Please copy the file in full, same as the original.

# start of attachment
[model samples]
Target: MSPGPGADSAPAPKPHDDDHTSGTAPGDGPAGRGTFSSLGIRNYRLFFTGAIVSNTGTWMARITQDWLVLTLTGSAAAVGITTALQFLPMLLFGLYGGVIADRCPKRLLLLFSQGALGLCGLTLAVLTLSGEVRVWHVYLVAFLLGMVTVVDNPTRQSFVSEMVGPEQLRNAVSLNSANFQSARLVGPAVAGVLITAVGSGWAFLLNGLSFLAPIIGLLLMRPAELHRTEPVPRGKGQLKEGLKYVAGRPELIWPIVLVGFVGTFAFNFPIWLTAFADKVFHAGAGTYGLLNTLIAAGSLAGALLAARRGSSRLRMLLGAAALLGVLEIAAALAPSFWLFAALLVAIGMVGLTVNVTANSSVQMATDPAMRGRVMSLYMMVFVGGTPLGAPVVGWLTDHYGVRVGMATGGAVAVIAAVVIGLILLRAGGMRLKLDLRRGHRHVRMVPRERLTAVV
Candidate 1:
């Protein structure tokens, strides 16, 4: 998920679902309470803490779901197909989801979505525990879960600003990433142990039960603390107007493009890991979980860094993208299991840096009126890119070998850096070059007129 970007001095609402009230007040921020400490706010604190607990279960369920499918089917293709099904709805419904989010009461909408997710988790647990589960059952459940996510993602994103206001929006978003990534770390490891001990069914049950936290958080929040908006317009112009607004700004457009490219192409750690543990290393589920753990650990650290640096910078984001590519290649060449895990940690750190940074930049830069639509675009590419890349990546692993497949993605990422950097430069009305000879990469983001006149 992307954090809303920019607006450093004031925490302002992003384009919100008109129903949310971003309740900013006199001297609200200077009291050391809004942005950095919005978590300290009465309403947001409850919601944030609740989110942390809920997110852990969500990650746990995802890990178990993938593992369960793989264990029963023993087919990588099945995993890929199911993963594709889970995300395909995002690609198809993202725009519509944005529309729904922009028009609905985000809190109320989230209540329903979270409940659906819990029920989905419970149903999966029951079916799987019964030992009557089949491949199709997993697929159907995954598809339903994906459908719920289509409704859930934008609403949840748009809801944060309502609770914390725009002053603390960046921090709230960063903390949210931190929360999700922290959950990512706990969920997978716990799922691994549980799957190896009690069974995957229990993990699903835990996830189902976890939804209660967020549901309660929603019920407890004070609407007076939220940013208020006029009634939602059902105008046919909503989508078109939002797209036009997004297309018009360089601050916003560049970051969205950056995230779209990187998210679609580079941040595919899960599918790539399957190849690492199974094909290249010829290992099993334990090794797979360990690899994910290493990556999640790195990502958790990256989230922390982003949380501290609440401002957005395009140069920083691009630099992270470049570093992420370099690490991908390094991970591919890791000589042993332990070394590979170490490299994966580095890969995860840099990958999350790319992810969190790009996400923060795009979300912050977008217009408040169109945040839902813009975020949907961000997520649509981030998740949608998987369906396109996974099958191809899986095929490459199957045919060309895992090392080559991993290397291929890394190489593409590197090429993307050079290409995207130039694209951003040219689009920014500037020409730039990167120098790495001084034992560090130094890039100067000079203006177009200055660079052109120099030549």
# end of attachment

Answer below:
[model samples]
Target: MSPGPGADSAPAPKPHDDDHTSGTAPGDGPAGRGTFSSLGIRNYRLFFTGAIVSNTGTWMARITQDWLVLTLTGSAAAVGITTALQFLPMLLFGLYGGVIADRCPKRLLLLFSQGALGLCGLTLAVLTLSGEVRVWHVYLVAFLLGMVTVVDNPTRQSFVSEMVGPEQLRNAVSLNSANFQSARLVGPAVAGVLITAVGSGWAFLLNGLSFLAPIIGLLLMRPAELHRTEPVPRGKGQLKEGLKYVAGRPELIWPIVLVGFVGTFAFNFPIWLTAFADKVFHAGAGTYGLLNTLIAAGSLAGALLAARRGSSRLRMLLGAAALLGVLEIAAALAPSFWLFAALLVAIGMVGLTVNVTANSSVQMATDPAMRGRVMSLYMMVFVGGTPLGAPVVGWLTDHYGVRVGMATGGAVAVIAAVVIGLILLRAGGMRLKLDLRRGHRHVRMVPRERLTAVV
Candidate 1:
């Protein structure tokens, strides 16, 4: 998920679902309470803490779901197909989801979505525990879960600003990433142990039960603390107007493009890991979980860094993208299991840096009126890119070998850096070059007129 970007001095609402009230007040921020400490706010604190607990279960369920499918089917293709099904709805419904989010009461909408997710988790647990589960059952459940996510993602994103206001929006978003990534770390490891001990069914049950936290958080929040908006317009112009607004700004457009490219192409750690543990290393589920753990650990650290640096910078984001590519290649060449895990940690750190940074930049830069639509675009590419890349990546692993497949993605990422950097430069009305000879990469983001006149 992307954090809303920019607006450093004031925490302002992003384009919100008109129903949310971003309740900013006199001297609200200077009291050391809004942005950095919005978590300290009465309403947001409850919601944030609740989110942390809920997110852990969500990650746990995802890990178990993938593992369960793989264990029963023993087919990588099945995993890929199911993963594709889970995300395909995002690609198809993202725009519509944005529309729904922009028009609905985000809190109320989230209540329903979270409940659906819990029920989905419970149903999966029951079916799987019964030992009557089949491949199709997993697929159907995954598809339903994906459908719920289509409704859930934008609403949840748009809801944060309502609770914390725009002053603390960046921090709230960063903390949210931190929360999700922290959950990512706990969920997978716990799922691994549980799957190896009690069974995957229990993990699903835990996830189902976890939804209660967020549901309660929603019920407890004070609407007076939220940013208020006029009634939602059902105008046919909503989508078109939002797209036009997004297309018009360089601050916003560049970051969205950056995230779209990187998210679609580079941040595919899960599918790539399957190849690492199974094909290249010829290992099993334990090794797979360990690899994910290493990556999640790195990502958790990256989230922390982003949380501290609440401002957005395009140069920083691009630099992270470049570093992420370099690490991908390094991970591919890791000589042993332990070394590979170490490299994966580095890969995860840099990958999350790319992810969190790009996400923060795009979300912050977008217009408040169109945040839902813009975020949907961000997520649509981030998740949608998987369906396109996974099958191809899986095929490459199957045919060309895992090392080559991993290397291929890394190489593409590197090429993307050079290409995207130039694209951003040219689009920014500037020409730039990167120098790495001084034992560090130094890039100067000079203006177009200055660079052109120099030549």